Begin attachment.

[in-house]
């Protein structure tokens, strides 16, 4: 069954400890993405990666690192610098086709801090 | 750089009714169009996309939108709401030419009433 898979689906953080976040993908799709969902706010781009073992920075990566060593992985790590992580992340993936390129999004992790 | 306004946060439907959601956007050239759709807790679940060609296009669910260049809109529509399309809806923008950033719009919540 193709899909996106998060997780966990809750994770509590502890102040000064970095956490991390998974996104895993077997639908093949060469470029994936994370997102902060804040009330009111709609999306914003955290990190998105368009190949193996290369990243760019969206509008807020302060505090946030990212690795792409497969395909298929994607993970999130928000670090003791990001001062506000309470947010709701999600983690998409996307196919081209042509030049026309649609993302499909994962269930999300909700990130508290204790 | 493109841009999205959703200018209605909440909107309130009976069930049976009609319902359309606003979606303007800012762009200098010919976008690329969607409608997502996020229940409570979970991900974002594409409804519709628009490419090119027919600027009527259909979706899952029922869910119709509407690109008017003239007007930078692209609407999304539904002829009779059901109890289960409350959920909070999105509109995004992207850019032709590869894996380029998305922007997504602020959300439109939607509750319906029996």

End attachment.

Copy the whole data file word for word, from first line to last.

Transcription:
[in-house]
């Protein structure tokens, strides 16, 4: 069954400890993405990666690192610098086709801090 | 750089009714169009996309939108709401030419009433 898979689906953080976040993908799709969902706010781009073992920075990566060593992985790590992580992340993936390129999004992790 | 306004946060439907959601956007050239759709807790679940060609296009669910260049809109529509399309809806923008950033719009919540 193709899909996106998060997780966990809750994770509590502890102040000064970095956490991390998974996104895993077997639908093949060469470029994936994370997102902060804040009330009111709609999306914003955290990190998105368009190949193996290369990243760019969206509008807020302060505090946030990212690795792409497969395909298929994607993970999130928000670090003791990001001062506000309470947010709701999600983690998409996307196919081209042509030049026309649609993302499909994962269930999300909700990130508290204790 | 493109841009999205959703200018209605909440909107309130009976069930049976009609319902359309606003979606303007800012762009200098010919976008690329969607409608997502996020229940409570979970991900974002594409409804519709628009490419090119027919600027009527259909979706899952029922869910119709509407690109008017003239007007930078692209609407999304539904002829009779059901109890289960409350959920909070999105509109995004992207850019032709590869894996380029998305922007997504602020959300439109939607509750319906029996």